So please tell me, if anyone should be “hurt” it very much should be the Irish people, those from the republic who had to endure centuries of British torture. Not the 10 year-old kids now rioting in Belfast who don’t know anything about what went before the Good Friday Agreement and the Saint Andrews Agreement.
And if things were not bad enough already, loyalists will now march in Dublin and to Leinster House this Saturday, to the seat of government of the Irish republic to make their “grievances” clear. To me it seems loyalists don’t want to give up their dominance over Ireland, even when Ireland has been independent for decades. Loyalists want to keep a hold over a part of Ireland, hanging hundreds of Union flags around the 6 counties they still own. It made my stomach flip upon seeing all those flags and murals which depict them as victims. You will also find flags and murals on the catholic side of Belfast so I am not totally blind to its background, but by god, loyalists really do give their Union Jack a whole new meaning of having an identity. However, isn’t it time for peace? Haven’t people suffered enough at the hands of politicians, kings and queens only out for bloodshed?
The nagging feeling I had last August now has an answer: it was my gut feeling telling me that all was still not well, and if 10 year old kids are the boss, they will probably keep rioting because they’ve got nothing else to do. No jobs, school sucks, families torn apart by financial stress, breakdown of family structures and so on.
As for loyalist protests in Dublin, loyalists should play on their own patch, and not involve innocent citizens who have nothing to do with protests over flags on a Belfast building. Leave us be, we have more urgent issues to deal with in the republic instead of having to barricade half of our capital’s city centre in order to avoid criminal damage or people getting hurt?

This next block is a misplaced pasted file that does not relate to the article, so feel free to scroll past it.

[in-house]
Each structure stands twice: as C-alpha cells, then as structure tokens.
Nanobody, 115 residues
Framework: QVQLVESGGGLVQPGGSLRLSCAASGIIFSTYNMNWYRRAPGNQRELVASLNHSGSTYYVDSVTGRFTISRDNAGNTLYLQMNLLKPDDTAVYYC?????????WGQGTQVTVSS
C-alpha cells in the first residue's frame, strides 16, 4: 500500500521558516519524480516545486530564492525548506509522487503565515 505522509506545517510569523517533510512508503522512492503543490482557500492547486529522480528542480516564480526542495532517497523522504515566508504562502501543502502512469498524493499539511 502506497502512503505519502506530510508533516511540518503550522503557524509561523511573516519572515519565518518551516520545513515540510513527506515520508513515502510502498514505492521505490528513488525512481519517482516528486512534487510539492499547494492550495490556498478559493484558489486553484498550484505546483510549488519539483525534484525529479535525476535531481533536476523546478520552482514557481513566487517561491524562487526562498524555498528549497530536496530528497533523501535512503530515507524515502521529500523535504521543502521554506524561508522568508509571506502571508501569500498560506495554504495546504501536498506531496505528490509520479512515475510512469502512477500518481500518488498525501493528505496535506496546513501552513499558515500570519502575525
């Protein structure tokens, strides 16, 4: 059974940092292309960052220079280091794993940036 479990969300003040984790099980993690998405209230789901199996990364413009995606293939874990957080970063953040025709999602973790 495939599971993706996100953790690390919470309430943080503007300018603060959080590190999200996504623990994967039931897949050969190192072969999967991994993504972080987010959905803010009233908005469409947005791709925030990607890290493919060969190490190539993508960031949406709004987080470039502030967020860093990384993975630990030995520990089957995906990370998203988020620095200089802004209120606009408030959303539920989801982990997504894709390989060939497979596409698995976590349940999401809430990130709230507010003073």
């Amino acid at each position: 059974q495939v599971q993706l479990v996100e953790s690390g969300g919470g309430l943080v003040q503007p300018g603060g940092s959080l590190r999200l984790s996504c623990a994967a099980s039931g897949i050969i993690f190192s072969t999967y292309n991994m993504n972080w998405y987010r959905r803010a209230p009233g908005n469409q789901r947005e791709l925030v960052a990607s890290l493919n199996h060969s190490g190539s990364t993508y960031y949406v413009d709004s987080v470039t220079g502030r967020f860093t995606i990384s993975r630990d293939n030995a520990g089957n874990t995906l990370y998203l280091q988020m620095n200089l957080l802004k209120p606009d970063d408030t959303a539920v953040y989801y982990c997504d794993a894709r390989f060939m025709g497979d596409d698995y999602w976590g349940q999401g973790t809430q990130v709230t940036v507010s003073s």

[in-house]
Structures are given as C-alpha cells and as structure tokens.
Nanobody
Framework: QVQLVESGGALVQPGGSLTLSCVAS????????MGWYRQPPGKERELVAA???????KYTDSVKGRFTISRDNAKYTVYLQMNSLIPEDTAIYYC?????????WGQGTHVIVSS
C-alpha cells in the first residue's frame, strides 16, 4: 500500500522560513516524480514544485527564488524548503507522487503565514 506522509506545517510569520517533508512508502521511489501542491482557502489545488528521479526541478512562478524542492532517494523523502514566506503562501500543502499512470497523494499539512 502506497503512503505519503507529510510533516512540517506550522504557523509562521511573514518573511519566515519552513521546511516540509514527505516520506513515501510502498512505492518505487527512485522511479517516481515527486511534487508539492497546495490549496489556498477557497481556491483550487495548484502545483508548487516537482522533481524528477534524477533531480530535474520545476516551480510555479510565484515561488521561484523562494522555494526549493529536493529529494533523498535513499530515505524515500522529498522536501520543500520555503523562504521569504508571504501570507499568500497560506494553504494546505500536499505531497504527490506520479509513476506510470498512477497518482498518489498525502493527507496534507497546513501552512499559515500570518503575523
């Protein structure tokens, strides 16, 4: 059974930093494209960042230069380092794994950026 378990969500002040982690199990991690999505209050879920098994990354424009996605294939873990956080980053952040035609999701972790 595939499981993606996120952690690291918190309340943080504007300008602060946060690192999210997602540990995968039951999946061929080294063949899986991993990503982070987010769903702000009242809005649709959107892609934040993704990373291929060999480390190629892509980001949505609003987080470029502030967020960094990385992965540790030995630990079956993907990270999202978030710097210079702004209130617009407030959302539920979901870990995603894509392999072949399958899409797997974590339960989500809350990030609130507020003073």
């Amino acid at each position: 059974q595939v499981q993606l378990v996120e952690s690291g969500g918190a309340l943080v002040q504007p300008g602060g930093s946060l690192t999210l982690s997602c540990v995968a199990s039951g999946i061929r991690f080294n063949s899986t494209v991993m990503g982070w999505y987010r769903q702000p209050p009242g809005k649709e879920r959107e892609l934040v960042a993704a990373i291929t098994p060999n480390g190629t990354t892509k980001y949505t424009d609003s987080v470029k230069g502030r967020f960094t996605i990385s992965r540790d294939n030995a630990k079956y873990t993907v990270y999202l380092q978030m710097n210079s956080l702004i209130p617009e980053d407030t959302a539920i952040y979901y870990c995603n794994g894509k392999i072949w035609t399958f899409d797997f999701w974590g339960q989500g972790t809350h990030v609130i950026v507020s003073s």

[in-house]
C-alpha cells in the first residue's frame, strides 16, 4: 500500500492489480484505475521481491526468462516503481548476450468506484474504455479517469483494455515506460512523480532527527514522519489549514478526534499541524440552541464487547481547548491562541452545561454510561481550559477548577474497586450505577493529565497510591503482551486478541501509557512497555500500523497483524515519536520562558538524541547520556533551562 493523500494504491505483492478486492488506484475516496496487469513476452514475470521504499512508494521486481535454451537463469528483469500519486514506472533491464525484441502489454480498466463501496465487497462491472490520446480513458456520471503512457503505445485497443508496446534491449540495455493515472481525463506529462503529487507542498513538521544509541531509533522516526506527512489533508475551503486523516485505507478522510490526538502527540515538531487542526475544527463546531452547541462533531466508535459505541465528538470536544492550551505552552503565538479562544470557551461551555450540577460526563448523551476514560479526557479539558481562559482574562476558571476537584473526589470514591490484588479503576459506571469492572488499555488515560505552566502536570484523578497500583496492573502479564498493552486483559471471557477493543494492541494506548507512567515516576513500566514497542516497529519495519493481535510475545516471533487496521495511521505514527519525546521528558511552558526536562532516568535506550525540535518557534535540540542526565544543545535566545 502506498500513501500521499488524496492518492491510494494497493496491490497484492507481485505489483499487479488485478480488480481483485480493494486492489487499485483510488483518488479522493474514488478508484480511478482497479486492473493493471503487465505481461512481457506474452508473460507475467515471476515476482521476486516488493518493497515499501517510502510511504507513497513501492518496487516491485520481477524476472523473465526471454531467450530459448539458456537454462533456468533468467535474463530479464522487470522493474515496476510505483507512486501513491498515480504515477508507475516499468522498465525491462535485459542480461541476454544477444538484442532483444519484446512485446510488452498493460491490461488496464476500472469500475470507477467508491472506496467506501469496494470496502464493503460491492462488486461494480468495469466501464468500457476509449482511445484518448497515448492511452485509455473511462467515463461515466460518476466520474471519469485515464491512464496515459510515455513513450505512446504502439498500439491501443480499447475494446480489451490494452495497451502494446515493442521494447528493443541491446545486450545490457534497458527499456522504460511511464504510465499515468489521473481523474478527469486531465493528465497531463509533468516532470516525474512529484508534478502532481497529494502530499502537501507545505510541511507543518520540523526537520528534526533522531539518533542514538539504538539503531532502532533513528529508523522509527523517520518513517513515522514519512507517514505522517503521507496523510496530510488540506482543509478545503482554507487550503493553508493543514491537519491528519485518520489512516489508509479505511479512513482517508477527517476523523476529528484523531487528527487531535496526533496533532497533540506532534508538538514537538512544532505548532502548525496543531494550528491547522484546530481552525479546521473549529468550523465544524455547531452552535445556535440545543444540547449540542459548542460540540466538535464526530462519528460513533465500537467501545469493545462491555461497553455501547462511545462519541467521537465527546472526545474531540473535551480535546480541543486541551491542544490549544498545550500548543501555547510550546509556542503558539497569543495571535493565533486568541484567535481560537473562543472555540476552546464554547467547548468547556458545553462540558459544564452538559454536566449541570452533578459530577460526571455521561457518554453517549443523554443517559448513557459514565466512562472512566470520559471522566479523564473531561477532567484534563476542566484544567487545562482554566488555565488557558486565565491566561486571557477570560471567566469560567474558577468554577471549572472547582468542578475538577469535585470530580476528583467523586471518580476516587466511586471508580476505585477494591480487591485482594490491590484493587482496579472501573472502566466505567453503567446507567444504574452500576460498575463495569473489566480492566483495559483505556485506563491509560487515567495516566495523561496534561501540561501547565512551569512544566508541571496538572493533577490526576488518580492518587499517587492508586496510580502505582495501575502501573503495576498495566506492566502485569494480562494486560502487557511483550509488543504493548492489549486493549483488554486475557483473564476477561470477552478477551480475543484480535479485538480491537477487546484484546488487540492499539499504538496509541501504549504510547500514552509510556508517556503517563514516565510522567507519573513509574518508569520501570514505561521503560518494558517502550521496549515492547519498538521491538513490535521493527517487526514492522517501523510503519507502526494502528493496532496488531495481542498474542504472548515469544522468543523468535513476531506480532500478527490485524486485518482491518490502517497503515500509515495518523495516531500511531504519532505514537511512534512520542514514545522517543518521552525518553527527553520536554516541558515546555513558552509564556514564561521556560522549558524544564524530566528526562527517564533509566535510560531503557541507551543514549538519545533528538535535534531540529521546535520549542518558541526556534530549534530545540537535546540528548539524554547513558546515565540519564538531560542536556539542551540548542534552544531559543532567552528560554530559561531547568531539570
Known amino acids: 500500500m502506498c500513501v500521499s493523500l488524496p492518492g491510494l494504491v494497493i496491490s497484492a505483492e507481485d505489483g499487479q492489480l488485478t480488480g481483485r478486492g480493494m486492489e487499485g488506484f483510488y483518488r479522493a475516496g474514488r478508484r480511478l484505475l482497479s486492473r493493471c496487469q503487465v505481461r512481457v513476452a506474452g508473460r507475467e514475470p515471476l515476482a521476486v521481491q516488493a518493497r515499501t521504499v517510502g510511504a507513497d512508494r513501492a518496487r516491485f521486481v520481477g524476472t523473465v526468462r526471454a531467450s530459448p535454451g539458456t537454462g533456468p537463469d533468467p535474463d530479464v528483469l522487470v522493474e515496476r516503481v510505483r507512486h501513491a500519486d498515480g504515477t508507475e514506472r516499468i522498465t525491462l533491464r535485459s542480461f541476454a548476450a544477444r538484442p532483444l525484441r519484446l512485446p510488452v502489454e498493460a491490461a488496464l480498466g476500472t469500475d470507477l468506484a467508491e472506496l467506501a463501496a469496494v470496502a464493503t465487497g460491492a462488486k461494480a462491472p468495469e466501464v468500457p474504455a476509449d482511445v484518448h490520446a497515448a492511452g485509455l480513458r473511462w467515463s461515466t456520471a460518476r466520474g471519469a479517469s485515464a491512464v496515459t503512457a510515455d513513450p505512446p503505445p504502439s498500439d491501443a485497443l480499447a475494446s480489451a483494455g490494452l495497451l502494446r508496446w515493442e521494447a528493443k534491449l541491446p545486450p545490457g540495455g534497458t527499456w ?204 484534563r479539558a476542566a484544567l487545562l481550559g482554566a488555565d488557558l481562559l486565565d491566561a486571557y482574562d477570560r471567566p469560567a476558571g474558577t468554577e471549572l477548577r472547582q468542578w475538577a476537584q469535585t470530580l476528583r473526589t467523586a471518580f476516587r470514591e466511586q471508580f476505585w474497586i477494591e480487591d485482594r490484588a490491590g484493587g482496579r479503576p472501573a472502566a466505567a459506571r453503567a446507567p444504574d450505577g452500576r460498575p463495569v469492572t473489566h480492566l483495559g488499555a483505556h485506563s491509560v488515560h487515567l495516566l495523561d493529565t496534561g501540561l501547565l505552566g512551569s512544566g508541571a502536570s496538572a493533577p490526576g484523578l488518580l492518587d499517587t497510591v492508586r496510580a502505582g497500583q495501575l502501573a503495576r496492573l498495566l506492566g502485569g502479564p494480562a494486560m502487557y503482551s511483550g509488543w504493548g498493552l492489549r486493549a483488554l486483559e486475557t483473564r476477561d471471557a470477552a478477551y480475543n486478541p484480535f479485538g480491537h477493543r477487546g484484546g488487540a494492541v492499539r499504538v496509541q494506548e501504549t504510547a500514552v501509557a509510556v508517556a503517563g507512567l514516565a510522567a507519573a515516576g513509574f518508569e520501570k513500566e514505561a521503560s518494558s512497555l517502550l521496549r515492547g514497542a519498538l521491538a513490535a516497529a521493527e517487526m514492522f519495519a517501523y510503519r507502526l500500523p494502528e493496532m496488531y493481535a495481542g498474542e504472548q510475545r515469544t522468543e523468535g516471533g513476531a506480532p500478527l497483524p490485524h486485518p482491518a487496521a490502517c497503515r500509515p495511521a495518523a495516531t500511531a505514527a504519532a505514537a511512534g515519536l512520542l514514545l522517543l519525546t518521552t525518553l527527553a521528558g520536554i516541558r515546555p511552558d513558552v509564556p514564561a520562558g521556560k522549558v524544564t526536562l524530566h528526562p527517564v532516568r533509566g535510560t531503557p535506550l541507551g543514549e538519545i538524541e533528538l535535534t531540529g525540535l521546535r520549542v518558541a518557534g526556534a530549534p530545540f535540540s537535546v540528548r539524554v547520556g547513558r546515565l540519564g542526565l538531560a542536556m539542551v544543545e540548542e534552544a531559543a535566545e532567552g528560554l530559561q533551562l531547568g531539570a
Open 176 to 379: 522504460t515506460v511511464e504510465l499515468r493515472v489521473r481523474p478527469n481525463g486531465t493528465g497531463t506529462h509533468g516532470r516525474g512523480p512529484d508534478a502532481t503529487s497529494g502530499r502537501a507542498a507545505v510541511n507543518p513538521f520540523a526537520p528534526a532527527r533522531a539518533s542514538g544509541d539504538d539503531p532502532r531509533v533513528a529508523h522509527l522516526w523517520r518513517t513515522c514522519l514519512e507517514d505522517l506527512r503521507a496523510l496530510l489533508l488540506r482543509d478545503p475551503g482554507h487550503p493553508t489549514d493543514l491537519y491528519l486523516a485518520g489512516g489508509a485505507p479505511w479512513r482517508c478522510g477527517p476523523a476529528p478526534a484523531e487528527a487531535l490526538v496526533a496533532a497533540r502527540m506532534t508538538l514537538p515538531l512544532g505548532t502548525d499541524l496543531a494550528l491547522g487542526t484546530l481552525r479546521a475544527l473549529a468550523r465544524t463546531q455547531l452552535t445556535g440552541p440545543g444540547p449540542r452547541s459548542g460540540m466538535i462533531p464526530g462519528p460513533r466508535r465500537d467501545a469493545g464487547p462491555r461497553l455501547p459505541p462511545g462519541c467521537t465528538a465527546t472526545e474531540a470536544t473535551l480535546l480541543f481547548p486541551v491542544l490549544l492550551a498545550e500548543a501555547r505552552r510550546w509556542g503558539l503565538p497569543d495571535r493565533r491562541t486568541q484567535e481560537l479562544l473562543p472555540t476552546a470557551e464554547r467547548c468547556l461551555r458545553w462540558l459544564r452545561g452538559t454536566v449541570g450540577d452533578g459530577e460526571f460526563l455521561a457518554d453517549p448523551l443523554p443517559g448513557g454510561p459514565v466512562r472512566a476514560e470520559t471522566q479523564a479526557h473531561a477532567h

Time has moved on for the Irish, but it seems the clock has stopped for the loyalists across the border. In the end, they are feeding hatred among young people who deserve a chance to move on, to let go and to start again. The Irish have suffered enough without a flag tarnishing the’s mind. Belfast won’t be seeing me anytime soon, that I am sure of because I am afraid of getting caught up in riots over something so innocent. It’s a pity, because I really was looking forward to discovering more of Belfast. Not for the next few months anyway.
(Note: I am not a republican, nor am I part of any republican orientated political party. My heart belongs to Ireland, simple as).
UPDATE JANUARY 12TH 2013: The loyalist protests at Leinster House in Dublin have been cancelled and will more than likely take place another day. Let’s hope they do not travel down here because we have nothing to do with their flag issues…
Second update is that now 8-year-olds are now rioting and attacking police as well in County Antrim. Protests have also been held in Liverpool and Glasgow. Like I wrote in my post the other day, this is now getting out of control. The protests are just symptoms of a society in recession, no jobs, no money, bored kids and parental guidance totally missing. If you’d ask those young kids, they wouldn’t know a thing about why they’re rioting.